Gospel – John 11:3-7, 17, 20-27, 33B-45

The sisters of Lazarus sent word to Jesus, saying,
“Master, the one you love is ill.”
When Jesus heard this he said,
“This illness is not to end in death,
but is for the glory of God,
that the Son of God may be glorified through it.”
Now Jesus loved Martha and her sister and Lazarus.
So when he heard that he was ill,
he remained for two days in the place where he was.
Then after this he said to his disciples,
“Let us go back to Judea.”

When Jesus arrived, he found that Lazarus
had already been in the tomb for four days.
When Martha heard that Jesus was coming,
she went to meet him;
but Mary sat at home.
Martha said to Jesus,
“Lord, if you had been here,
my brother would not have died.
But even now I know that whatever you ask of God,
God will give you.”
Jesus said to her,
“Your brother will rise.”
Martha said,
“I know he will rise,
in the resurrection on the last day.”
Jesus told her,
“I am the resurrection and the life;
whoever believes in me, even if he dies, will live,
and everyone who lives and believes in me will never die.
Do you believe this?”
She said to him, “Yes, Lord.
I have come to believe that you are the Christ, the Son of God,
the one who is coming into the world.”

He became perturbed and deeply troubled, and said,
“Where have you laid him?”
They said to him, “Sir, come and see.”
And Jesus wept.
So the Jews said, “See how he loved him.”
But some of them said,
“Could not the one who opened the eyes of the blind man
have done something so that this man would not have died?”

So Jesus, perturbed again, came to the tomb.
It was a cave, and a stone lay across it.
Jesus said, “Take away the stone.”
Martha, the dead man’s sister, said to him,
“Lord, by now there will be a stench;
he has been dead for four days.”
Jesus said to her,
“Did I not tell you that if you believe
you will see the glory of God?”
So they took away the stone.
And Jesus raised his eyes and said,
“Father, I thank you for hearing me.
I know that you always hear me;
but because of the crowd here I have said this,
that they may believe that you sent me.”
And when he had said this,
He cried out in a loud voice,
“Lazarus, come out!”
The dead man came out,
tied hand and foot with burial bands,
and his face was wrapped in a cloth.
So Jesus said to them,
“Untie him and let him go.”

Now many of the Jews who had come to Mary
and seen what he had done began to believe in him.

Vicki Kline, MSW, LGSW – Graduate of La Salle University (’05) and alumna of the Lasallian Volunteers (‘05-‘07). Vicki lives in her hometown, Baltimore, serving as a Social Worker at the JHCP East Baltimore Medical Center and as an adjunct professor of Social Work for Widener University. Vicki helps to bring together for ongoing connection and fellowship LV alums and Young Lasallians in the Baltimore area.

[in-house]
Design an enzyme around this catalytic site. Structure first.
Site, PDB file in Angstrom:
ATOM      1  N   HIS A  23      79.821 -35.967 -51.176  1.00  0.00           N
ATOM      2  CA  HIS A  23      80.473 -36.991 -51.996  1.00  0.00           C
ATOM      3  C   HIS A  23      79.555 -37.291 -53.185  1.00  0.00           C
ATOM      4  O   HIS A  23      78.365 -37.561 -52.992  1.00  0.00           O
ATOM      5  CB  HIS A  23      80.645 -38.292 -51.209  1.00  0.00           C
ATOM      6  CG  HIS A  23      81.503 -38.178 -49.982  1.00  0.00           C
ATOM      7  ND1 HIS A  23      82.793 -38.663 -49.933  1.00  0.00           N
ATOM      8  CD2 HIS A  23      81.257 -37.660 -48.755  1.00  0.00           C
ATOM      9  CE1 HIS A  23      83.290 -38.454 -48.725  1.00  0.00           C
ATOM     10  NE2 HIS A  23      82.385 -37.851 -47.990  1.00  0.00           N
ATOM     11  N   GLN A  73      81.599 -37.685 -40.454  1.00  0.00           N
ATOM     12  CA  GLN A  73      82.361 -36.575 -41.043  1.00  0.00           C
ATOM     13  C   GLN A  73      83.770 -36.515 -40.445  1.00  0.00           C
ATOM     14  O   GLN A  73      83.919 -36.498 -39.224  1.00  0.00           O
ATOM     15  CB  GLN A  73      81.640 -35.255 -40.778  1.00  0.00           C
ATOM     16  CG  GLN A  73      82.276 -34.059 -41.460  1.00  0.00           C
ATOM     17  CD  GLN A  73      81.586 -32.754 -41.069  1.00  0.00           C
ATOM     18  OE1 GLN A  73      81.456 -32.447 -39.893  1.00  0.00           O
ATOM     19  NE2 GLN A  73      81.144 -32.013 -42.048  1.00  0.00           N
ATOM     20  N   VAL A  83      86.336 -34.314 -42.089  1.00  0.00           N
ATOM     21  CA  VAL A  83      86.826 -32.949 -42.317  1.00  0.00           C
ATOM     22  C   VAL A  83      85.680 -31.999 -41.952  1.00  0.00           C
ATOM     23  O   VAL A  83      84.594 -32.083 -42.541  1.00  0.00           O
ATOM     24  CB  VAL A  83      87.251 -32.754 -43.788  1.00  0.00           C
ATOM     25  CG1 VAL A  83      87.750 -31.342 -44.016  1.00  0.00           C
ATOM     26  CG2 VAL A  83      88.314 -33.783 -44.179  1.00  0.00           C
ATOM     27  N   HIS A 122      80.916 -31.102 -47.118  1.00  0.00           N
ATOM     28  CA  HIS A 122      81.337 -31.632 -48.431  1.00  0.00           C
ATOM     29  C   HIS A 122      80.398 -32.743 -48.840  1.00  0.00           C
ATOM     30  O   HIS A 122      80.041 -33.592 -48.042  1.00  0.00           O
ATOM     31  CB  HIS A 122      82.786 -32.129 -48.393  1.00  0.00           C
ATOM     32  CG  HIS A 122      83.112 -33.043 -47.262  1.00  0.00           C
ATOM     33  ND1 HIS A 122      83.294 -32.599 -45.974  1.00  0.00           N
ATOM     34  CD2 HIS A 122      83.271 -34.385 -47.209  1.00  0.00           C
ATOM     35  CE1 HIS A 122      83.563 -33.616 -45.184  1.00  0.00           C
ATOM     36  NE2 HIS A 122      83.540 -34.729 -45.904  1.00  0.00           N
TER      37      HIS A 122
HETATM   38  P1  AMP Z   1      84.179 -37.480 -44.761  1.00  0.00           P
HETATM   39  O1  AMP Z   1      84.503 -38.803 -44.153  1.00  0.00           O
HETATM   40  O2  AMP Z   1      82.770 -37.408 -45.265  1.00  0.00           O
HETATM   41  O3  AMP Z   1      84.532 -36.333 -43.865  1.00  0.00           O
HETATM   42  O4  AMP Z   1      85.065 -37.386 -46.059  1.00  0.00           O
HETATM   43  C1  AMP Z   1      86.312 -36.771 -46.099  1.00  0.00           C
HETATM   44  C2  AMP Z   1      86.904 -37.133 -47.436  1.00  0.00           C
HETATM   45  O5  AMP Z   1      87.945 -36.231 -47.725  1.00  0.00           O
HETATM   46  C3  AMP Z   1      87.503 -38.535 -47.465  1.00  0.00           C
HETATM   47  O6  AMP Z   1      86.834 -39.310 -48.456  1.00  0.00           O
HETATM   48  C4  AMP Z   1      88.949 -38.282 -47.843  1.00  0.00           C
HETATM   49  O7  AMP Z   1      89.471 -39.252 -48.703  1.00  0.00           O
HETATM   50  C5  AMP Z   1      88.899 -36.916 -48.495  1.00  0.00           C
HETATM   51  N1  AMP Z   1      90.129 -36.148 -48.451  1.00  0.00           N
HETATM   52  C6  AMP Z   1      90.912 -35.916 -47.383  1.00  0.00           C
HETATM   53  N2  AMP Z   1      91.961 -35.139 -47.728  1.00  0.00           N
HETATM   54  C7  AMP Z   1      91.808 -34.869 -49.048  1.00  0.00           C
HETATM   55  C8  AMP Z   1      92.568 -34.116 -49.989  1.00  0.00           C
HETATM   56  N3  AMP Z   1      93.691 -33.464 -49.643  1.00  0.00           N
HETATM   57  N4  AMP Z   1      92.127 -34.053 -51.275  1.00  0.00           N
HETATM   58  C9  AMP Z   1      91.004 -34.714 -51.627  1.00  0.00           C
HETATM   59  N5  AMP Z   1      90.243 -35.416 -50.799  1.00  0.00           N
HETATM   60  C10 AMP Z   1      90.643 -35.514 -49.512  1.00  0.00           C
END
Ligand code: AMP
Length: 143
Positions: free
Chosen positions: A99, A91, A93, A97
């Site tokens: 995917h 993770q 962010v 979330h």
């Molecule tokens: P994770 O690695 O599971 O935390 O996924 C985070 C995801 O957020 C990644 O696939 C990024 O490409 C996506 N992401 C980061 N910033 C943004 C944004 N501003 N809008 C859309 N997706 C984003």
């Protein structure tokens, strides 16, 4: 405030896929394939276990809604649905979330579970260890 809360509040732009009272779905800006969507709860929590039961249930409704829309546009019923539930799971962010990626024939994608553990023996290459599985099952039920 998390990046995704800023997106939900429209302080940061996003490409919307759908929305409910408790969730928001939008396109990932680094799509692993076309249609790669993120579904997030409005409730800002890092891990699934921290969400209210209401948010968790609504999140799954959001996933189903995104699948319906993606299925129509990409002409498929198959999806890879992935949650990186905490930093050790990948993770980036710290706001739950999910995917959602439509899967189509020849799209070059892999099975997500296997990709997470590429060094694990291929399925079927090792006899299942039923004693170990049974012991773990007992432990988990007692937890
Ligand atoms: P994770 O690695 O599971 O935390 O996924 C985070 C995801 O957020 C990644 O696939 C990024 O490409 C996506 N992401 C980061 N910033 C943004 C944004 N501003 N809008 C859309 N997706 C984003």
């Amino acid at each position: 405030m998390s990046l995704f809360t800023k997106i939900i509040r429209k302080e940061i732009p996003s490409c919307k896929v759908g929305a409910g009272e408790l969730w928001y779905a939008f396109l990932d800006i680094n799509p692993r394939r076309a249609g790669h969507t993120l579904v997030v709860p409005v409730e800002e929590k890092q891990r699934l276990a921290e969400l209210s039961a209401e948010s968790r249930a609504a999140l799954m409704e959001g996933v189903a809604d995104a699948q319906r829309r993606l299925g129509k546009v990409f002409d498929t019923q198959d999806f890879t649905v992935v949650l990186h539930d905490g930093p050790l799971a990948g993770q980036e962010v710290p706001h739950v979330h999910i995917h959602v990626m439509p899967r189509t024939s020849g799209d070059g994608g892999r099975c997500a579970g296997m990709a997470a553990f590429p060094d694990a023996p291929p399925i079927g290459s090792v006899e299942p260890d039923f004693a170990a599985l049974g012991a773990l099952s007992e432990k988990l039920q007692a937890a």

A reflection by Ms. Vicki Kline

“Lord, by now there will be a stench;
he has been dead for four days.”
Jesus said to her,
“Did I not tell you that if you believe
you will see the glory of God?”

We are surrounded by death, disbelief, and despair. In the depths of Lent, we’ve intentionally come face to face with our demons, wrestling with the recollection of our lives. We’ve entered into a barren desert to search our hearts for the faith which propels us forward. It seems all we can see is the vast certainty of death. We sometimes come to believe that surely, this is all there is.

God is preparing us to be surprised again by Life — overcome by the joy of the Resurrection.

Lent reminds us that we aren’t there yet. We’re still walking around in a stupor, staring blankly at the interminable grief. This feels familiar to me; there are days when it feels like the suffering in the heart of East Baltimore, where I spend my days, may never end. We spend every day numbly staring into the dark tomb of endless violence, crippling addiction, neighborhood decay, political corruption. We incredulously call on God to come and heal this despair. God answers: “I keep telling you: Wake Up!”

Jesus encounters us in this stupor in today’s Gospel. He arrives on the scene to mourn his friend. He quietly weeps. He absorbs the sadness of his surroundings. We can feel the tension in the family, the grief over Lazarus’ death, the frustration with Jesus that he didn’t do enough while it counted.

It all feels so final, but it isn’t: Jesus commands Lazarus to rise up from his grave. When Lazarus sheds his bindings, we’re asked to have enough faith to release ourselves from our own, to step out of our dark, musty tombs and into the light. We’re being told to reject the “certainty” of death and despair and begin to walk again. We’re being told to get unstuck.

The prophet Ezekiel said: “O my people, I will open your graves and have you rise from them…”

Our graves are many and deep, some in which we bury ourselves, and others in which we are buried by others. But this Gospel reminds us that in our belief, we can find life in these places of anguish. Jesus’ command is that we get up and walk again. He demands that we wake up, choose to live, and bring others along with us.